The European Commission opened a new antitrust probe against Microsoft on Monday into whether it unfairly tied its Web browser to the Windows operating system and made it harder for rival software to work with Windows.
The European Commission has decided to initiate two formal antitrust investigations against Microsoft concerning two separate categories of alleged infringements of EC Treaty rules on abuse of a dominant market position.
The first case where proceedings have been opened is in the field of interoperability in relation to a complaint by the European Committee for Interoperable Systems (ECIS). The second area where proceedings have been opened is in the field of tying of separate software products following a complaint by Opera
As regards interoperability, in its Microsoft judgment of 17 September 2007, the Court of First Instance confirmed the principles that must be respected by dominant companies as regards interoperability disclosures. In the complaint by ECIS, Microsoft is alleged to have illegally refused to disclose interoperability information across a broad range of products, including information related to its Office suite, a number of its server products, and also in relation to the so called .NET Framework. The Commission's examination focus on all these areas, including the question whether Microsoft's new file format Office Open XML, as implemented in Office, is sufficiently interoperable with competitors' products.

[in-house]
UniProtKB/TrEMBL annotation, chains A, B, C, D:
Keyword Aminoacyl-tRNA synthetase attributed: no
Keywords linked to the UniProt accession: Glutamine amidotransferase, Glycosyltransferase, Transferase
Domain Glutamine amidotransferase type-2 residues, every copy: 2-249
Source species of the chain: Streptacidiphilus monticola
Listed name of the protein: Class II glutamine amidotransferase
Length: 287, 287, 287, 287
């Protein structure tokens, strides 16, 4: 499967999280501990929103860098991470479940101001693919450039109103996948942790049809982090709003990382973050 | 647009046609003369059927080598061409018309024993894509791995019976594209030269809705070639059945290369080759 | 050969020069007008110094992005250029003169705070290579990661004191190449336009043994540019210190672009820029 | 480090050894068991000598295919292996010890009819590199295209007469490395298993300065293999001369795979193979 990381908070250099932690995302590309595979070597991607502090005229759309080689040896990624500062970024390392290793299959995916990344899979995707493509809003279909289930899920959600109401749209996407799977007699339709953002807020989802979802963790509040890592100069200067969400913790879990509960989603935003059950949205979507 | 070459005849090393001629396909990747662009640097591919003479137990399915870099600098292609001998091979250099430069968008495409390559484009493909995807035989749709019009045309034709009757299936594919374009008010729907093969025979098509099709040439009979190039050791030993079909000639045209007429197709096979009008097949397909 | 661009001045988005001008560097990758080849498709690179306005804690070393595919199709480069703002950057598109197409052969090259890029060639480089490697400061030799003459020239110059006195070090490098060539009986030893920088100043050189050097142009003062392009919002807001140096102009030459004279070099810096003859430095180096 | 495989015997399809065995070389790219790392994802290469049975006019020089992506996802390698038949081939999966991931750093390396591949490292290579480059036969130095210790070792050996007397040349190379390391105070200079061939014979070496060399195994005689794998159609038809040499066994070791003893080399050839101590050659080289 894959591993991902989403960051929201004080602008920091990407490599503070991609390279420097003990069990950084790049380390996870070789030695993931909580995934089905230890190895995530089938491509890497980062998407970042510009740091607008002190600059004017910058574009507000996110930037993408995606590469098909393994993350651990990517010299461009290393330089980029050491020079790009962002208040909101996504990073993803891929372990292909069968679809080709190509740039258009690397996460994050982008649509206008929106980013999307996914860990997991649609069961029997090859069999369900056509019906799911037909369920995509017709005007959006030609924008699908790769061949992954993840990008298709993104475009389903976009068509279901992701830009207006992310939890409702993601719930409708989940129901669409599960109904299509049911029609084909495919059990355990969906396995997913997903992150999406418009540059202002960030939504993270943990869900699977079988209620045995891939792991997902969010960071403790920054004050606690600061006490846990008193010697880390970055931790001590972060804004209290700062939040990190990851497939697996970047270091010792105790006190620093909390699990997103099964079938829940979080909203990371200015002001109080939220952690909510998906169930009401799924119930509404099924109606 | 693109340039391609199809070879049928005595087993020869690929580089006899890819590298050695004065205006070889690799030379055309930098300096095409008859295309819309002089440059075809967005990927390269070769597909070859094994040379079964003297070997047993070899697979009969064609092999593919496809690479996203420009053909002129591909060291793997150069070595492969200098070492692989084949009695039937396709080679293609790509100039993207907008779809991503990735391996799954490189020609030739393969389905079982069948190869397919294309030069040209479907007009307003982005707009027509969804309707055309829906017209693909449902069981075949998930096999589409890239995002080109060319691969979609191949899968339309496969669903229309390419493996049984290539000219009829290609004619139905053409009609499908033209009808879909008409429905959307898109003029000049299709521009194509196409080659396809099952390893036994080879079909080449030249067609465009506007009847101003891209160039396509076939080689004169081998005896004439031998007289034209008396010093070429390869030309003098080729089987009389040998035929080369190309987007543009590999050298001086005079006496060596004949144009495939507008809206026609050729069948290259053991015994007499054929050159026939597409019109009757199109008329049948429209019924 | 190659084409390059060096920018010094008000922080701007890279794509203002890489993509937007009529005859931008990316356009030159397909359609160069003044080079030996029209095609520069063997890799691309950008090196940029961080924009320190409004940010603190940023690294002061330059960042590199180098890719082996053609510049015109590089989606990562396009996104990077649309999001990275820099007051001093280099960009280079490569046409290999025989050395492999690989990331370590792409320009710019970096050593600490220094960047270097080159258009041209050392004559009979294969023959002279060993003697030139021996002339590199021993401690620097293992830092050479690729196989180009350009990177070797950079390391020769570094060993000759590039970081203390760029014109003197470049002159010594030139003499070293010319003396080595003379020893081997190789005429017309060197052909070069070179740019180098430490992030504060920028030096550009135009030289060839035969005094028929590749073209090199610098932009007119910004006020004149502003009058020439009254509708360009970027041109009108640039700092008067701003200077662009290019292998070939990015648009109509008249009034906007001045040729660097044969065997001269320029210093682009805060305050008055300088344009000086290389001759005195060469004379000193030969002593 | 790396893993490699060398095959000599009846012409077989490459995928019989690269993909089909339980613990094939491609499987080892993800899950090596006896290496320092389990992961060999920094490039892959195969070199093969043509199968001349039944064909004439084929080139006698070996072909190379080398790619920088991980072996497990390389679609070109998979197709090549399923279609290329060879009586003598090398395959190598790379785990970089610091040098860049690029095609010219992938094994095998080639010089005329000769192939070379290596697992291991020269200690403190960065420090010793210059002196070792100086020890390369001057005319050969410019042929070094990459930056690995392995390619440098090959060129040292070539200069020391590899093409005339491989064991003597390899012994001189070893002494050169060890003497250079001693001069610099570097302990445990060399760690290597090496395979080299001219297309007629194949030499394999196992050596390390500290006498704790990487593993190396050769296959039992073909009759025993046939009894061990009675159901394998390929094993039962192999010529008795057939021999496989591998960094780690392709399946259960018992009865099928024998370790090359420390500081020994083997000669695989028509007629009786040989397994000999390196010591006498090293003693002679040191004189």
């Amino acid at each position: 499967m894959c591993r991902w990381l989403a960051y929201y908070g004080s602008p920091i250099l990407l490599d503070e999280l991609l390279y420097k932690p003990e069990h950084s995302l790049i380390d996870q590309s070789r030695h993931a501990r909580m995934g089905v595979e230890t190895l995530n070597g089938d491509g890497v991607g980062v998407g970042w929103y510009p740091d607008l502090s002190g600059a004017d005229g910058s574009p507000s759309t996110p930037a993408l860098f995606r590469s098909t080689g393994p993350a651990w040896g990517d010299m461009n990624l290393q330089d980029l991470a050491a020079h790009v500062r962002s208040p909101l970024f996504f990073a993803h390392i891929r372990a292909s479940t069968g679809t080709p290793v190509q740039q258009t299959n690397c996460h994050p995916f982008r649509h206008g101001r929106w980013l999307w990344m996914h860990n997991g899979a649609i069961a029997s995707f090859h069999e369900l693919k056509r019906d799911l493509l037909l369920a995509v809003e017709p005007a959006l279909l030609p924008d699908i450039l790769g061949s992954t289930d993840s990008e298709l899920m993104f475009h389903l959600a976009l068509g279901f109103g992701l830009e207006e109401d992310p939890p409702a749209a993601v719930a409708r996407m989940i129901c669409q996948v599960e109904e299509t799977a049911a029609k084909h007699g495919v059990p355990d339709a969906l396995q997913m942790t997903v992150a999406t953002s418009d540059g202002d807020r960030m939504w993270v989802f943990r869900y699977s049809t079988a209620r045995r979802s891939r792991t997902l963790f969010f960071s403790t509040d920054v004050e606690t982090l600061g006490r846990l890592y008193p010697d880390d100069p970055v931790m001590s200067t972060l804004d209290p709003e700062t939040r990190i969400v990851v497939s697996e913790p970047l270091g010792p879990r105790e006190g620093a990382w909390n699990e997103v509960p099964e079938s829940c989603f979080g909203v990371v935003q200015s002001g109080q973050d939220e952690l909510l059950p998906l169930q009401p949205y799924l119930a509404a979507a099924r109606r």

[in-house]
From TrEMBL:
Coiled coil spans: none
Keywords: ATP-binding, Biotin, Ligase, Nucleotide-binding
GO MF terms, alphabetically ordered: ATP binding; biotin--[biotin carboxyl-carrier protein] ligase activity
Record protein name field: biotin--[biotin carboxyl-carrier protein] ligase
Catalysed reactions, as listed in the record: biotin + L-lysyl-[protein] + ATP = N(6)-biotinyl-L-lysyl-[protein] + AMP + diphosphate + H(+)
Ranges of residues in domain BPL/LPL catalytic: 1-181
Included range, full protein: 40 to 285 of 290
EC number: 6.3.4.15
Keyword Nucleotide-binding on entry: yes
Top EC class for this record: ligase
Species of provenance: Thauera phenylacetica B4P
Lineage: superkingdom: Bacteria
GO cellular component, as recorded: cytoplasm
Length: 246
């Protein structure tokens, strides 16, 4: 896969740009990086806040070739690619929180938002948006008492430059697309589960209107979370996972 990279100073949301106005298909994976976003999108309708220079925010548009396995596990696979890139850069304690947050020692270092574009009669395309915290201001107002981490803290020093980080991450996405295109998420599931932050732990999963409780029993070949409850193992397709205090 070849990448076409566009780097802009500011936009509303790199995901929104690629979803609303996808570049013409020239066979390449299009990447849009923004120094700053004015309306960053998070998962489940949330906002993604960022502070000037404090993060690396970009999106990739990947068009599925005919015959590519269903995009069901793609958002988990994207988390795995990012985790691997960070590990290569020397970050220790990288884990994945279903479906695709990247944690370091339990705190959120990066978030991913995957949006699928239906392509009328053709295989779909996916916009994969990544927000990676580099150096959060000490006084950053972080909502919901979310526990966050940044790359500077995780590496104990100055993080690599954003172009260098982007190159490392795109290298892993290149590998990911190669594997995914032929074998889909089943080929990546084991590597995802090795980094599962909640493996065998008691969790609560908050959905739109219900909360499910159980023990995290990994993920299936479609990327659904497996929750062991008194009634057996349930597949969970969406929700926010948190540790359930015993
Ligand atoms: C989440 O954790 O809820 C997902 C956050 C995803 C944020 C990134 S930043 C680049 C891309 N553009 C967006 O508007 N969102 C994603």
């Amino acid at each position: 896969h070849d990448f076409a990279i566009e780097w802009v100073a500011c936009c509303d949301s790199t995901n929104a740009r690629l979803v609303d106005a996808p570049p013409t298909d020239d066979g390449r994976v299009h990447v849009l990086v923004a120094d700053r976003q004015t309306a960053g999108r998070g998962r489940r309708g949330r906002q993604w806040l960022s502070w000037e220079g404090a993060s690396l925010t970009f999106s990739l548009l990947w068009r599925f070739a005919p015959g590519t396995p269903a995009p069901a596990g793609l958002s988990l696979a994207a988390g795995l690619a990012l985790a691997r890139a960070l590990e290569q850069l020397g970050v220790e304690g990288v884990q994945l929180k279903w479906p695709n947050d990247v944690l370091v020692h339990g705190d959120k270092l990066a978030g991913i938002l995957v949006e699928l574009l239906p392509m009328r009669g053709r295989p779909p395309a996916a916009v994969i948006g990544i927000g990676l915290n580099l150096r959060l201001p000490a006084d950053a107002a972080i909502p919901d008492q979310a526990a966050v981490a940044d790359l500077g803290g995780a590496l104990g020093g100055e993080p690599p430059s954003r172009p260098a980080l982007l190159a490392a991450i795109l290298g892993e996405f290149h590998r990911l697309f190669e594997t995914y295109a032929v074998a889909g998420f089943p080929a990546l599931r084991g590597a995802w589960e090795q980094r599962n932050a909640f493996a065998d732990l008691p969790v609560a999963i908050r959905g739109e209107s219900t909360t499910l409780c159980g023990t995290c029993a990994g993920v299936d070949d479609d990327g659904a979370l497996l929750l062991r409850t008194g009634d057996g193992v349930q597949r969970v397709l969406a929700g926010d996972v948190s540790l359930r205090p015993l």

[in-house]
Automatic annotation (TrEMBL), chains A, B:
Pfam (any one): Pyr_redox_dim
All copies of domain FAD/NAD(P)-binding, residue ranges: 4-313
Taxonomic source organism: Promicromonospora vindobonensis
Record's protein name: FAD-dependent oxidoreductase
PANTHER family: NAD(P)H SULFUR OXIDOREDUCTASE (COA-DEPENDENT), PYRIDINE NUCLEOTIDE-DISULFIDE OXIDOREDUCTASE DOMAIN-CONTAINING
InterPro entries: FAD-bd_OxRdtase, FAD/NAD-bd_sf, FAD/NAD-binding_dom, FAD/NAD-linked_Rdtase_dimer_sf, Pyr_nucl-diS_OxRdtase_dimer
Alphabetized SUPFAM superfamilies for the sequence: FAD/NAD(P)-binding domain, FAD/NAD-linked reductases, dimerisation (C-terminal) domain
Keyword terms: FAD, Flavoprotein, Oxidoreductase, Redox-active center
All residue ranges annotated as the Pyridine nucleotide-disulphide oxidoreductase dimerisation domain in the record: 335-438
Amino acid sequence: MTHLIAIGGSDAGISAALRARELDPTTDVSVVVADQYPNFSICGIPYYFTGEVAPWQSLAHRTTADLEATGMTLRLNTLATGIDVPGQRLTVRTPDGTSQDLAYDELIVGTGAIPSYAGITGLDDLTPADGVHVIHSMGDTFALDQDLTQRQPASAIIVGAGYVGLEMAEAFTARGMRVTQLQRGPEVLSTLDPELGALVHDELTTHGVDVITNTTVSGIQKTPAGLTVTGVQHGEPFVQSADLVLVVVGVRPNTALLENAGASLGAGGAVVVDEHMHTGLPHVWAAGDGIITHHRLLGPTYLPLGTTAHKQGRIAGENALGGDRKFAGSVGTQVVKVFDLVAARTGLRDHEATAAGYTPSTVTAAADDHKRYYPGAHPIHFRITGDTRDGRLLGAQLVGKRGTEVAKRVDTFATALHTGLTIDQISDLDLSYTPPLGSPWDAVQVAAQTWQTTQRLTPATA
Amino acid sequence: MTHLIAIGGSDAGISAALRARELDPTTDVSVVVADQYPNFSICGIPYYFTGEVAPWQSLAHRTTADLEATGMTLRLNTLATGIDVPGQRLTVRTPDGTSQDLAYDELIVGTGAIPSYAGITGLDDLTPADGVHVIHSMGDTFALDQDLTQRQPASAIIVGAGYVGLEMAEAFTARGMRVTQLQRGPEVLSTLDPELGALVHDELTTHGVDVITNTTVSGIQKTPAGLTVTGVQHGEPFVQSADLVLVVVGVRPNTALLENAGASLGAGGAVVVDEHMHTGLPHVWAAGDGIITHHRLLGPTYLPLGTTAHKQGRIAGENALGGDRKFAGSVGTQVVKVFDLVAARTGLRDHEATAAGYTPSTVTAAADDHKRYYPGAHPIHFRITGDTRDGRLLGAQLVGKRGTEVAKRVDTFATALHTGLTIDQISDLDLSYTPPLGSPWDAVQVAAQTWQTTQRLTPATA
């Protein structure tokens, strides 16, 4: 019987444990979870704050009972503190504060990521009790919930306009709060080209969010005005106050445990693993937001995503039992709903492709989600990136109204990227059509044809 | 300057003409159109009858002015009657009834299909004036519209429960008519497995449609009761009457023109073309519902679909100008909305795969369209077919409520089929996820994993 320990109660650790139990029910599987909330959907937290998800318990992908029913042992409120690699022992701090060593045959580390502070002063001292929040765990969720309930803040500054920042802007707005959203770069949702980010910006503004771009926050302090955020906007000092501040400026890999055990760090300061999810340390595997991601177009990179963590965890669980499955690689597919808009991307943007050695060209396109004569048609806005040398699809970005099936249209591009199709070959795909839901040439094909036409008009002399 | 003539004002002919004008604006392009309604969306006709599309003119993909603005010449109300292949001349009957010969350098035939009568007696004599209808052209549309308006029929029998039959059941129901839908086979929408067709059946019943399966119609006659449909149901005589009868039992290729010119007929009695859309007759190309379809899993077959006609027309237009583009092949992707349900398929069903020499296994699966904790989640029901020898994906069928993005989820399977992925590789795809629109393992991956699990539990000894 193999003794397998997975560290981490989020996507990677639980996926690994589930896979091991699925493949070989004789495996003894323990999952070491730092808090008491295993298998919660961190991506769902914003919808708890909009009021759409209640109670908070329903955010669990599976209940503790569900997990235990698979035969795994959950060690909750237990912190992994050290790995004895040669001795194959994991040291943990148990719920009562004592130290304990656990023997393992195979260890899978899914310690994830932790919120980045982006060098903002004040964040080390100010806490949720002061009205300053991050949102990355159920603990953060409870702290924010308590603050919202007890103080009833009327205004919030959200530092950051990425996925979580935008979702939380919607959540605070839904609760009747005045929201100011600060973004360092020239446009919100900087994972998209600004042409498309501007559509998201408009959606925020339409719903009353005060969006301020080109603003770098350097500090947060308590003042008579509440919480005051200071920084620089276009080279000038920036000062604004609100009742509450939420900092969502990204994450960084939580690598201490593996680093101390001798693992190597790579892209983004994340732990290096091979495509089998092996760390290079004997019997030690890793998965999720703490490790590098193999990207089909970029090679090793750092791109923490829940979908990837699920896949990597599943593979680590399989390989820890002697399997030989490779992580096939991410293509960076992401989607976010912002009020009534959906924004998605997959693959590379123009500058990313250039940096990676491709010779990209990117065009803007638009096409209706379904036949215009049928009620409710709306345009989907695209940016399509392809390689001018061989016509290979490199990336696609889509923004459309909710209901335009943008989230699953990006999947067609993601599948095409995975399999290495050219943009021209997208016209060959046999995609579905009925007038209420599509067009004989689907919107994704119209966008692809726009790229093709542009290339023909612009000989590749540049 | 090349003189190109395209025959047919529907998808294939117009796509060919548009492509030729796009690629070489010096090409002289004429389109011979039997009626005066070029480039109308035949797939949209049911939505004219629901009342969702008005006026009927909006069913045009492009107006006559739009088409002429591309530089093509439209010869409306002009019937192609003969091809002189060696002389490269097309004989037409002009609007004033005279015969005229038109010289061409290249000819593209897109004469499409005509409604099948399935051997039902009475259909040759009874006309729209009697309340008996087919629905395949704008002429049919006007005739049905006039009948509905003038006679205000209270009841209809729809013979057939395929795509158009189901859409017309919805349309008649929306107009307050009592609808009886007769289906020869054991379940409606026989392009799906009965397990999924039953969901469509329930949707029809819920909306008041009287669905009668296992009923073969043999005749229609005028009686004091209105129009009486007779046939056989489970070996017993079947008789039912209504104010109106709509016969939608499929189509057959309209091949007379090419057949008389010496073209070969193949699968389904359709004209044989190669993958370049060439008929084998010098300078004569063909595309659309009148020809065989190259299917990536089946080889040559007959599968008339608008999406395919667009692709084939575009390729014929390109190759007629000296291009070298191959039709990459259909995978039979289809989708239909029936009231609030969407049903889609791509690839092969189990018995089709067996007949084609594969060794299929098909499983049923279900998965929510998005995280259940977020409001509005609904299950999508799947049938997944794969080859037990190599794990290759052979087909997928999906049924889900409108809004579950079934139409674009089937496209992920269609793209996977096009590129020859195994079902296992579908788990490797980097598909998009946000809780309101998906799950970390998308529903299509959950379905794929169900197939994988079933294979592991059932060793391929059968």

In a complaint by Opera, Microsoft is alleged to have engaged in illegal tying of its Internet Explorer product to its dominant Windows operating system. The complaint alleges that there is ongoing competitive harm from Microsoft's practices, in particular in view of new proprietary technologies that Microsoft has allegedly introduced in its browser that would reduce compatibility with open internet standards, and therefore hinder competition. In addition, allegations of tying of other separate software products by Microsoft, including desktop search and Windows Live have been brought to the Commission's attention. The Commission's investigation will focus on allegations that a range of products have been unlawfully tied to sales of Microsoft's dominant operating system.
"This initiation of proceedings does not imply that the Commission has proof of an infringement. It only signifies that the Commission will further investigate the case as a matter of priority," the EC said in a statement.